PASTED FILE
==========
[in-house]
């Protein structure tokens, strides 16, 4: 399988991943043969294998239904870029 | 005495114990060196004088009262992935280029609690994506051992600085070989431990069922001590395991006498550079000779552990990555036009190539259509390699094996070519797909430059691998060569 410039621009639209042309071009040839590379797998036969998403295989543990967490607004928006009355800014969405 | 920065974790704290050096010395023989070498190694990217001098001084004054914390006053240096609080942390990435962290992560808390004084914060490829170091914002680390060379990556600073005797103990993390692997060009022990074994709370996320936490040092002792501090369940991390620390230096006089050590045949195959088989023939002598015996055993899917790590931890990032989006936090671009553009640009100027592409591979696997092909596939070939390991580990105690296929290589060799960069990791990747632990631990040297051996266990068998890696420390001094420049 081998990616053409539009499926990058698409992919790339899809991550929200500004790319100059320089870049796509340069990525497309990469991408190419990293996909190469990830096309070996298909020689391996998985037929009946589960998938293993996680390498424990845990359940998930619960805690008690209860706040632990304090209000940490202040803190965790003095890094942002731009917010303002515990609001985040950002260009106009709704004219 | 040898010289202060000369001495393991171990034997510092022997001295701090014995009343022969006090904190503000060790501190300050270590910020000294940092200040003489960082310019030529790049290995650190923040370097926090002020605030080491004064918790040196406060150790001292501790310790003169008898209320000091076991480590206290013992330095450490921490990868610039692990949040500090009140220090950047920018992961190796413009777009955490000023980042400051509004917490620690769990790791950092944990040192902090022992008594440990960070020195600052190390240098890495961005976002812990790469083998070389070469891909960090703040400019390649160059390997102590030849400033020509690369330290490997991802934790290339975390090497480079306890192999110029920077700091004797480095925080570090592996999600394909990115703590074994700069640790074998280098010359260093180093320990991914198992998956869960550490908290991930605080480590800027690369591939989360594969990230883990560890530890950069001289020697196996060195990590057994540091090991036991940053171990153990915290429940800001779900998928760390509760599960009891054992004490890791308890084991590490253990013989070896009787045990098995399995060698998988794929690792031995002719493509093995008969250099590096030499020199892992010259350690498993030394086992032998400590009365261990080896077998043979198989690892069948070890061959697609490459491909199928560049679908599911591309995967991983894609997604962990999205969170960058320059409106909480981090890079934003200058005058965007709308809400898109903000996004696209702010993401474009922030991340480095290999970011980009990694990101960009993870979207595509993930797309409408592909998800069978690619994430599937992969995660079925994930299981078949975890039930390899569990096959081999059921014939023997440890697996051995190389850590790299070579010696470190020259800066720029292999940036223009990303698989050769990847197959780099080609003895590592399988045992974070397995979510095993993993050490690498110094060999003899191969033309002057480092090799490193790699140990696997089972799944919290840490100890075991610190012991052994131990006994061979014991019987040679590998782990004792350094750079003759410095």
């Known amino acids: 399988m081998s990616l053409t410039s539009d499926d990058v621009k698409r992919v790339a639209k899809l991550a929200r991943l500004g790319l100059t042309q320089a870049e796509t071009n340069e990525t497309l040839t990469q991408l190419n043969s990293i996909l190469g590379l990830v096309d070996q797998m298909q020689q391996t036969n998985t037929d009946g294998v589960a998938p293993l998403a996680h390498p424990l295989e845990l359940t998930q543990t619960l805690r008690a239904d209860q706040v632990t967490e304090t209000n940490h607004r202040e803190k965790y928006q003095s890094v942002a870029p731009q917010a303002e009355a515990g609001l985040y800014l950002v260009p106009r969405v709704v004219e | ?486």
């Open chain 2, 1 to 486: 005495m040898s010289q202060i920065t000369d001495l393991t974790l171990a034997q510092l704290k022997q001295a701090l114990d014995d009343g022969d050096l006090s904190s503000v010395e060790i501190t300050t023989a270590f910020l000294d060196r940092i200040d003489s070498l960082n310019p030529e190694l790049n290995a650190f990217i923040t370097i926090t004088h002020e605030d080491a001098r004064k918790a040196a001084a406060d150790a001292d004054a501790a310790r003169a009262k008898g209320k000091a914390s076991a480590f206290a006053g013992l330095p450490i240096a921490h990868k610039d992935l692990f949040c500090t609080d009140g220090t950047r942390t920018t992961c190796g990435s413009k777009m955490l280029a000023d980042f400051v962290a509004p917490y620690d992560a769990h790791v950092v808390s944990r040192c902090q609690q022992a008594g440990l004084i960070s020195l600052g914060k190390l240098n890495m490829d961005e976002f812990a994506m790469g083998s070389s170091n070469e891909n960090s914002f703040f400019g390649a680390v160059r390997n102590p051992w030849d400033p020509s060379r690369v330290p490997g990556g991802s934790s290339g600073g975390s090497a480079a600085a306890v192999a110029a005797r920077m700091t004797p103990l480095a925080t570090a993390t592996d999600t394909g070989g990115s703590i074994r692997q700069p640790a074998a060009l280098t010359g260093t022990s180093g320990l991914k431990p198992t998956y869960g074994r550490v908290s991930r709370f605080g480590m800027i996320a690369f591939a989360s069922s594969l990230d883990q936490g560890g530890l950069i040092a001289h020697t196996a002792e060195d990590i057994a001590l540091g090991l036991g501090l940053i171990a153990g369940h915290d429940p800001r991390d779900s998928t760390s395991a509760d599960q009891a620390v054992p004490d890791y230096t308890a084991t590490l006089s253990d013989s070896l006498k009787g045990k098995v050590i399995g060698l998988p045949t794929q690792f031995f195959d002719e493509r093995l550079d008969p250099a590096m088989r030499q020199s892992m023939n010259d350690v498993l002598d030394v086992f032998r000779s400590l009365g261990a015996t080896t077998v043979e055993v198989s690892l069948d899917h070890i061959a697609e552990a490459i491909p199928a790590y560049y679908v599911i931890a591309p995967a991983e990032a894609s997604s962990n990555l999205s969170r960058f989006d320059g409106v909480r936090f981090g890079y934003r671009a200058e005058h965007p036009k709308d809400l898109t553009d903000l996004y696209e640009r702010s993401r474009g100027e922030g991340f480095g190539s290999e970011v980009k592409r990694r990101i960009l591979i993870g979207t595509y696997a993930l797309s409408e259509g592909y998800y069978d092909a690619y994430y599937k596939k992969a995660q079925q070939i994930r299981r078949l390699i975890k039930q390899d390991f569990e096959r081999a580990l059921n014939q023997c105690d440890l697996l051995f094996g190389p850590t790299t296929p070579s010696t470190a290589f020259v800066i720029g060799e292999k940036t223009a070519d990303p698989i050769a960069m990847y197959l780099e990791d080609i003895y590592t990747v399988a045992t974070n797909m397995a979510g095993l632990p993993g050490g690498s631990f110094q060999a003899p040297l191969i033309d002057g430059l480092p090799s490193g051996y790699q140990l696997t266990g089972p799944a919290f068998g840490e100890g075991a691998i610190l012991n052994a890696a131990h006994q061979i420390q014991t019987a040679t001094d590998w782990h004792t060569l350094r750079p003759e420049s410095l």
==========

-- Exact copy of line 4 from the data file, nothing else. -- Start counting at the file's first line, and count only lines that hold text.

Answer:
């Open chain 2, 1 to 486: 005495m040898s010289q202060i920065t000369d001495l393991t974790l171990a034997q510092l704290k022997q001295a701090l114990d014995d009343g022969d050096l006090s904190s503000v010395e060790i501190t300050t023989a270590f910020l000294d060196r940092i200040d003489s070498l960082n310019p030529e190694l790049n290995a650190f990217i923040t370097i926090t004088h002020e605030d080491a001098r004064k918790a040196a001084a406060d150790a001292d004054a501790a310790r003169a009262k008898g209320k000091a914390s076991a480590f206290a006053g013992l330095p450490i240096a921490h990868k610039d992935l692990f949040c500090t609080d009140g220090t950047r942390t920018t992961c190796g990435s413009k777009m955490l280029a000023d980042f400051v962290a509004p917490y620690d992560a769990h790791v950092v808390s944990r040192c902090q609690q022992a008594g440990l004084i960070s020195l600052g914060k190390l240098n890495m490829d961005e976002f812990a994506m790469g083998s070389s170091n070469e891909n960090s914002f703040f400019g390649a680390v160059r390997n102590p051992w030849d400033p020509s060379r690369v330290p490997g990556g991802s934790s290339g600073g975390s090497a480079a600085a306890v192999a110029a005797r920077m700091t004797p103990l480095a925080t570090a993390t592996d999600t394909g070989g990115s703590i074994r692997q700069p640790a074998a060009l280098t010359g260093t022990s180093g320990l991914k431990p198992t998956y869960g074994r550490v908290s991930r709370f605080g480590m800027i996320a690369f591939a989360s069922s594969l990230d883990q936490g560890g530890l950069i040092a001289h020697t196996a002792e060195d990590i057994a001590l540091g090991l036991g501090l940053i171990a153990g369940h915290d429940p800001r991390d779900s998928t760390s395991a509760d599960q009891a620390v054992p004490d890791y230096t308890a084991t590490l006089s253990d013989s070896l006498k009787g045990k098995v050590i399995g060698l998988p045949t794929q690792f031995f195959d002719e493509r093995l550079d008969p250099a590096m088989r030499q020199s892992m023939n010259d350690v498993l002598d030394v086992f032998r000779s400590l009365g261990a015996t080896t077998v043979e055993v198989s690892l069948d899917h070890i061959a697609e552990a490459i491909p199928a790590y560049y679908v599911i931890a591309p995967a991983e990032a894609s997604s962990n990555l999205s969170r960058f989006d320059g409106v909480r936090f981090g890079y934003r671009a200058e005058h965007p036009k709308d809400l898109t553009d903000l996004y696209e640009r702010s993401r474009g100027e922030g991340f480095g190539s290999e970011v980009k592409r990694r990101i960009l591979i993870g979207t595509y696997a993930l797309s409408e259509g592909y998800y069978d092909a690619y994430y599937k596939k992969a995660q079925q070939i994930r299981r078949l390699i975890k039930q390899d390991f569990e096959r081999a580990l059921n014939q023997c105690d440890l697996l051995f094996g190389p850590t790299t296929p070579s010696t470190a290589f020259v800066i720029g060799e292999k940036t223009a070519d990303p698989i050769a960069m990847y197959l780099e990791d080609i003895y590592t990747v399988a045992t974070n797909m397995a979510g095993l632990p993993g050490g690498s631990f110094q060999a003899p040297l191969i033309d002057g430059l480092p090799s490193g051996y790699q140990l696997t266990g089972p799944a919290f068998g840490e100890g075991a691998i610190l012991n052994a890696a131990h006994q061979i420390q014991t019987a040679t001094d590998w782990h004792t060569l350094r750079p003759e420049s410095l």